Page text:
The more standard types of commercial real estate transactions that 100 percent LTC financers prefer include resorts and casinos, condominiums, hotels, and major mixed-use developments that combine retail and residential components. Large-scale housing-community developments with at least 300 houses are also among their favored projects. Other types of venture capital and large-scale commercial real estate projects may additionally be considered on a case-by-case basis.

Executive summaries

The best way for a commercial mortgage broker to secure a nonrecourse 100 percent LTC deal for a client is to focus on the client’s executive summary. In most cases, this will involve the broker assisting the client in writing a powerful summary. This summary is much like a job résumé. It should be a snapshot of the project’s best attributes. It should also include information about the principals and their relevant experience.

The most important thing to remember is that the executive summary will be the first impression that the funding source gets of your client’s project. Write it as though everything about the project depends on it. Make it convincing enough to get everyone who reads it to agree that your client’s project is a sure thing. Be careful not to overdo it or make it seem too good to be true, however. The goal should be to provide an overview of the project and concept with an emphasis on what it will accomplish, how it will benefit the community and investors, and the purpose it will serve.

The summary should also include information about the project’s cost and how long it will take to build. Mention the benefits of its particular construction and how it will  contribute to the strength of the project. The project’s facts and data should be summarized, and information on the strengths of the project’s management team should always be included.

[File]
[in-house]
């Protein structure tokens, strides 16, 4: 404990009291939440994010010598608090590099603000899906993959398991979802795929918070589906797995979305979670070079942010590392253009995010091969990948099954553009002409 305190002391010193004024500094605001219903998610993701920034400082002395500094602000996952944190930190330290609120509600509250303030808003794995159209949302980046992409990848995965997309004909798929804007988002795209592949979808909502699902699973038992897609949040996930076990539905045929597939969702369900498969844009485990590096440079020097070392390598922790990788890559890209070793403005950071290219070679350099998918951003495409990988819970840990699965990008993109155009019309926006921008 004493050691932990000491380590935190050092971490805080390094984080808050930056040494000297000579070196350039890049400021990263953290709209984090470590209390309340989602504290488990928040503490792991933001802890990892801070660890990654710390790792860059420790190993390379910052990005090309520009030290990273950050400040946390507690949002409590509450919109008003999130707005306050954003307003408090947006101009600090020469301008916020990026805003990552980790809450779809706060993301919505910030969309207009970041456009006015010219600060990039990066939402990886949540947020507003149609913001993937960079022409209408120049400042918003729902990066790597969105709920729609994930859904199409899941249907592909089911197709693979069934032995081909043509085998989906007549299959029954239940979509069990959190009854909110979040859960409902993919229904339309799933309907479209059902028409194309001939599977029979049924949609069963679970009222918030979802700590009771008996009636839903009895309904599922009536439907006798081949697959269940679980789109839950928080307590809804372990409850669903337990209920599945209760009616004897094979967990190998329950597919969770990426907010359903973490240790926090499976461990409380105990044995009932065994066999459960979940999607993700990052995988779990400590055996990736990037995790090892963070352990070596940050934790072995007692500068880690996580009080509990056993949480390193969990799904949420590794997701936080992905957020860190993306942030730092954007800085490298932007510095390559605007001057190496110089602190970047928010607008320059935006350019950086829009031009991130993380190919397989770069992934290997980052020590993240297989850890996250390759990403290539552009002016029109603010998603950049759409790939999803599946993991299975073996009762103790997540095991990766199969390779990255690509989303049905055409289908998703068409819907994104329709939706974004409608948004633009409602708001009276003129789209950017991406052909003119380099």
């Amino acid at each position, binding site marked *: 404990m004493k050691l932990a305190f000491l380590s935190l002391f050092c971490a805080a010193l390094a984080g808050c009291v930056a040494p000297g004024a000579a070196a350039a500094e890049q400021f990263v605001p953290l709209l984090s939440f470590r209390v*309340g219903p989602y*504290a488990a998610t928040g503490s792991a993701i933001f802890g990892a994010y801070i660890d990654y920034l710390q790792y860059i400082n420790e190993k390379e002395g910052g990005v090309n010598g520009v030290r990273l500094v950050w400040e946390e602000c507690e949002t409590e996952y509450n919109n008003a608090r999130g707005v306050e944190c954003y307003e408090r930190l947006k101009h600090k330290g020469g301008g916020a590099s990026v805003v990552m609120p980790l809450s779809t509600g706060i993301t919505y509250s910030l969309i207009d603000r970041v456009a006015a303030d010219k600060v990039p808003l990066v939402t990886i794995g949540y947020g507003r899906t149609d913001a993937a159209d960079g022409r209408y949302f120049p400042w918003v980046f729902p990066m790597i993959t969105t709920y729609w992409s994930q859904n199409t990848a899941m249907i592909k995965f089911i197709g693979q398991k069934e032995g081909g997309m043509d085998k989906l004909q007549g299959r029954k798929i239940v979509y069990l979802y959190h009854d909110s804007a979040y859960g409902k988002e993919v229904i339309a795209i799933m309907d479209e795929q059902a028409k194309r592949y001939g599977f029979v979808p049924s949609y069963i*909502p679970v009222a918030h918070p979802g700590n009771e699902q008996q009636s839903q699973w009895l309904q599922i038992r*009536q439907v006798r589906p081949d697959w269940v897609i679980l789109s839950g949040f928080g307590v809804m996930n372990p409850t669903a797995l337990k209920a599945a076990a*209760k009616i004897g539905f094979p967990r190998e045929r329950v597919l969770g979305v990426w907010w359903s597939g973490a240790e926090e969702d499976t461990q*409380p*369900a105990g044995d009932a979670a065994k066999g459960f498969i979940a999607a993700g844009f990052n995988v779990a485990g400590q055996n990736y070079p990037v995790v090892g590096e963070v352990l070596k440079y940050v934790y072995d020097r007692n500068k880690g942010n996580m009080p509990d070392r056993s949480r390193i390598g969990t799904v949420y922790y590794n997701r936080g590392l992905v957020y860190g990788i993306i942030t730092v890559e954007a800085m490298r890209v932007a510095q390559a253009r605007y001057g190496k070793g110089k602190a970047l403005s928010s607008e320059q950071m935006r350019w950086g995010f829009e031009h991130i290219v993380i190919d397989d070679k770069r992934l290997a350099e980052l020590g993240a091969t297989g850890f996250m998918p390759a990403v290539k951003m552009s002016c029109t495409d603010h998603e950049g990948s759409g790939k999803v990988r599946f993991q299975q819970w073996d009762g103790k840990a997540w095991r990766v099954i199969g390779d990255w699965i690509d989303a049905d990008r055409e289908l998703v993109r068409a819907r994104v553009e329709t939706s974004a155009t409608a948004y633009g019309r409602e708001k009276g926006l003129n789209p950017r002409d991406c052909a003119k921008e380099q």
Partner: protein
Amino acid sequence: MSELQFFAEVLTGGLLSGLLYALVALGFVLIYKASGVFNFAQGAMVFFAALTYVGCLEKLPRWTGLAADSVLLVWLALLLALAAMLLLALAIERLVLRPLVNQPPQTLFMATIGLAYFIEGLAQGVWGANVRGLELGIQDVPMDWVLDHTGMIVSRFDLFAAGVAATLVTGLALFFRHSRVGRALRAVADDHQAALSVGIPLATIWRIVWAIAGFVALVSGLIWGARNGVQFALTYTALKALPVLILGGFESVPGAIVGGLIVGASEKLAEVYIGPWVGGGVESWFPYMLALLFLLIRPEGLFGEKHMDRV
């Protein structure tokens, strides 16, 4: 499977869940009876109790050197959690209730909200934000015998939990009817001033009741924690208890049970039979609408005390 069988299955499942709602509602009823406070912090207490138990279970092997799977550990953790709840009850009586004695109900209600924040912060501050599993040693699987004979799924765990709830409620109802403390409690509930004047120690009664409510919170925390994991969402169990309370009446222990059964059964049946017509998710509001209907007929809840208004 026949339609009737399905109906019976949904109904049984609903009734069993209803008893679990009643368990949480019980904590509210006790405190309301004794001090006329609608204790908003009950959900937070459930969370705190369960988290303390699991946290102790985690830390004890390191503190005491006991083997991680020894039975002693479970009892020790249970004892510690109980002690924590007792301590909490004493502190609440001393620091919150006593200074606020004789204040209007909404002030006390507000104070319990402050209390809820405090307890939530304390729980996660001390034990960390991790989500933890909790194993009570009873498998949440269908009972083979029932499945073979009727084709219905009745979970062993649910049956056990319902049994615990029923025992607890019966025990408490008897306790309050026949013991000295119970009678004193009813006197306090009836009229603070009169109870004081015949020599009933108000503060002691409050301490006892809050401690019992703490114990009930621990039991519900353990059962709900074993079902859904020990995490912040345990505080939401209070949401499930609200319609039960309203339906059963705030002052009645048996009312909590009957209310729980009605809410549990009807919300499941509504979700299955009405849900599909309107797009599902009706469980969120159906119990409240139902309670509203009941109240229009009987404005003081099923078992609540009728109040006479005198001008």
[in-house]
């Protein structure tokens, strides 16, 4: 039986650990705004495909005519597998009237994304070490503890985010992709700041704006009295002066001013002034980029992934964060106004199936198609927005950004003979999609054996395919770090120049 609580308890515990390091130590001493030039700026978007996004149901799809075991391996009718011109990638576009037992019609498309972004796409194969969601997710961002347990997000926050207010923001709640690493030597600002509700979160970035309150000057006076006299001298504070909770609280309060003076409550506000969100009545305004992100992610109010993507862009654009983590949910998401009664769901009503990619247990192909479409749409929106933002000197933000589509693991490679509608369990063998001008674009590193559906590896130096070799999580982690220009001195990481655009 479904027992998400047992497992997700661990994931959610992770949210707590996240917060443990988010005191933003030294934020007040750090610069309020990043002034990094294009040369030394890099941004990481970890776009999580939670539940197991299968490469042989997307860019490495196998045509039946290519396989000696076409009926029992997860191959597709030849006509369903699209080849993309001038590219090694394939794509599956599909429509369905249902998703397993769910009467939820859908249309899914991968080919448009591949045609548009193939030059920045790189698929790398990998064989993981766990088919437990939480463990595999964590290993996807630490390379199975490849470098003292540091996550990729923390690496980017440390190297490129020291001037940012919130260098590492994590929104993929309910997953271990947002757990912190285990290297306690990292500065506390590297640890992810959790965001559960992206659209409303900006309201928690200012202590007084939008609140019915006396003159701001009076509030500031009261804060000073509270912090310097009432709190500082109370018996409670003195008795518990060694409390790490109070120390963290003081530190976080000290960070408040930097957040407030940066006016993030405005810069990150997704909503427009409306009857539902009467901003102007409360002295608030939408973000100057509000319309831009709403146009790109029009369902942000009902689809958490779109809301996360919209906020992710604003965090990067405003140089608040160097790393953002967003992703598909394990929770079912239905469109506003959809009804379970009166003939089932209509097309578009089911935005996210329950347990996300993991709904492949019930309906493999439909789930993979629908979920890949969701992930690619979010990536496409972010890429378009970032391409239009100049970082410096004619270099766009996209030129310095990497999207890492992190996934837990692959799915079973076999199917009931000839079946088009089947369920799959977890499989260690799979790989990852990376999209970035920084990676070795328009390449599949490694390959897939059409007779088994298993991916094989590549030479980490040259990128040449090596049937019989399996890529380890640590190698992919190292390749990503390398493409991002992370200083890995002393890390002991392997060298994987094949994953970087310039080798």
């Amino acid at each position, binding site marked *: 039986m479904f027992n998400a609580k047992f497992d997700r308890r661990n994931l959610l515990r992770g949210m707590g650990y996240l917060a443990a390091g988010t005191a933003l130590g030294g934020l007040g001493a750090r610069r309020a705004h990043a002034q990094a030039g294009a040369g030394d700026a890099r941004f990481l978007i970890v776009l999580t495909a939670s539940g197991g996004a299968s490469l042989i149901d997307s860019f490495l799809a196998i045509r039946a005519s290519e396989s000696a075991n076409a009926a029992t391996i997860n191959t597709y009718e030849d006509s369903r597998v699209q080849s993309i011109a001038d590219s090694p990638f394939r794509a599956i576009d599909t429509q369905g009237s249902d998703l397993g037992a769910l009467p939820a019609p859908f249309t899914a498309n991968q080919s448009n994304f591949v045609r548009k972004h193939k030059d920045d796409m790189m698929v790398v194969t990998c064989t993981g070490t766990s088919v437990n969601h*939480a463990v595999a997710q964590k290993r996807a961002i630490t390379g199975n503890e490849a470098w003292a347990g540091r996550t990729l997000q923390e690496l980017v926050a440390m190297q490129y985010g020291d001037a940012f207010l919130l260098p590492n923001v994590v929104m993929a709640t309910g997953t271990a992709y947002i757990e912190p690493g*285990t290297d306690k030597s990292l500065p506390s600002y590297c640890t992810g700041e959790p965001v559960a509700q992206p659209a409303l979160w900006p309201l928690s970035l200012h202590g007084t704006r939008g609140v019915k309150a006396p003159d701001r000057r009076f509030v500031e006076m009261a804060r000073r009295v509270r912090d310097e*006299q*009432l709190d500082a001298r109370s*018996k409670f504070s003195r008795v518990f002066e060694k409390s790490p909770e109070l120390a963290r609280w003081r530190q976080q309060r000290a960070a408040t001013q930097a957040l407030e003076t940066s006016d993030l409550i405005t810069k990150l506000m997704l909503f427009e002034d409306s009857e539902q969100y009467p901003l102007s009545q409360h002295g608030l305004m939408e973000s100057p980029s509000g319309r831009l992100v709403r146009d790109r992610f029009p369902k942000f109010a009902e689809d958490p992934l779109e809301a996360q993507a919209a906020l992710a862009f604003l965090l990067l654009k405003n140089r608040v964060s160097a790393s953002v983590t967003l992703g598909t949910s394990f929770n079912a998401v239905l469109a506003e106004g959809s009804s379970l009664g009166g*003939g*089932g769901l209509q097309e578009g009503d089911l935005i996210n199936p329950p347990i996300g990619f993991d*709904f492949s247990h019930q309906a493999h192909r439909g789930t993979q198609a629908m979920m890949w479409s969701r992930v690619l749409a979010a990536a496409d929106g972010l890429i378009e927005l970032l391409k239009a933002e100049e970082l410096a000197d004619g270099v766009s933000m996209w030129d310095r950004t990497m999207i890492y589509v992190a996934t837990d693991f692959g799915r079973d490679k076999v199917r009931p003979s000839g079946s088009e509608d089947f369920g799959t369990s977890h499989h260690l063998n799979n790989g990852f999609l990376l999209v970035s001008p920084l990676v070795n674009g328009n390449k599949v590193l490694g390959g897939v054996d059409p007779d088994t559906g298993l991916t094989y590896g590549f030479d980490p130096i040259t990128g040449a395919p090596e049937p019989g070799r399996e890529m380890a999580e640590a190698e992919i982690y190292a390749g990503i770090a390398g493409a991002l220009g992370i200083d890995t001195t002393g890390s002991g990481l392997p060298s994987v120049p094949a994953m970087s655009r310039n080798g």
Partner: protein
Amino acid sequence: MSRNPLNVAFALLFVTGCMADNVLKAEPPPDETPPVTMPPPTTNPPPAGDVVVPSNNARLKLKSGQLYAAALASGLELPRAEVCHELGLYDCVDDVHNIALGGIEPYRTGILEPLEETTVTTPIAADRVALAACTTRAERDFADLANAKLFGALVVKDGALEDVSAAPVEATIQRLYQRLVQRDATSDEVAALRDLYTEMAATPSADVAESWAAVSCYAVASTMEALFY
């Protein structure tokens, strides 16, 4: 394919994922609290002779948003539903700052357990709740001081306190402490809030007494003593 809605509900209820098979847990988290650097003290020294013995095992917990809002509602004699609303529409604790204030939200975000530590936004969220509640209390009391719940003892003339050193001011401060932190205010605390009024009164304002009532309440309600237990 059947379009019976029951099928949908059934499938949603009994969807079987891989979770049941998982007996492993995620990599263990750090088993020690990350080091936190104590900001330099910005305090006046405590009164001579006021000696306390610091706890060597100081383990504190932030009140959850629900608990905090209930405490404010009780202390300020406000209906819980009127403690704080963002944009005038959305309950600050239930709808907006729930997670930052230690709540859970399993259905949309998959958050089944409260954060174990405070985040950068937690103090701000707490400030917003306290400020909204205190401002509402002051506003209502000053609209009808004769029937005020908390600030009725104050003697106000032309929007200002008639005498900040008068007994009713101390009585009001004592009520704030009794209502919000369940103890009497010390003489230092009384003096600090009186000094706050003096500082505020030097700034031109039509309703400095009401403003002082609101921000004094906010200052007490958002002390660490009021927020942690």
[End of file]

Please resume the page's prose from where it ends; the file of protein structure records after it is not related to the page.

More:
These types of funding entities tend to focus on the borrower’s management team because of the desire to form a long-term relationship with the client. You should emphasize that the members of the team have backgrounds that are relevant to the particular project to help convince the funding source of the potential success of the project.

“ The typical 100 percent transaction requires some equity
participation by the funding source.  

If your client does not have the necessary background to manage and administer the project, let the lending source know that you have accounted for that by bringing personnel onto the team with the specific backgrounds necessary. Tell them what functions these individuals will perform and how the operation will be managed. You should include short bios for these personnel, highlighting their experiences that are most appropriate for your client’s project.

Transaction costs

The process for securing 100 percent LTC financing is essentially the same as for financing smaller commercial real estate transactions except that the client must have enough liquid capital to cover Society for Worldwide Interbank Financial Telecommunication (SWIFT) banking fees and other transaction fees.

These fees, depending on the amount of the transaction, may be as high as $150,000 to $200,000. When compared to the 20 percent to 30 percent of the total project cost the client would have to contribute to a standard 70 percent LTC transaction, however, these fees are usually only a small fraction of what would normally have to be paid by the client.

For example, a $100 million project will require the client to provide roughly 25 percent of the project’s cost in a standard 70 percent to 80 percent LTC scenario, or $25 million. In the case of a nonrecourse 100 percent LTC transaction, the client would be responsible for only the $150,000 to $200,000 in banking and transaction fees.

If the transaction does not close, these fees are refunded to the client. The typical 100 percent transaction requires some equity participation by the funding source, but this security combined with the relative low cost compared to most large-scale 70 percent LTC transactions makes it a win-win situation for the client.

•  •  •

Commercial mortgage brokers who wish to grow their business and substantially increase potential earnings will want to seek out sovereign wealth funds and U.S. hedge funds that offer nonrecourse 100 percent LTC financing. These funds are actively seeking new clients with strong projects to fund and with whom they can establish long-term working relationships. This emerging financing source may sound like a dream come true, but it is now a reality that’s ready to be taken advantage of by commercial originators and their clients for domestic and international projects.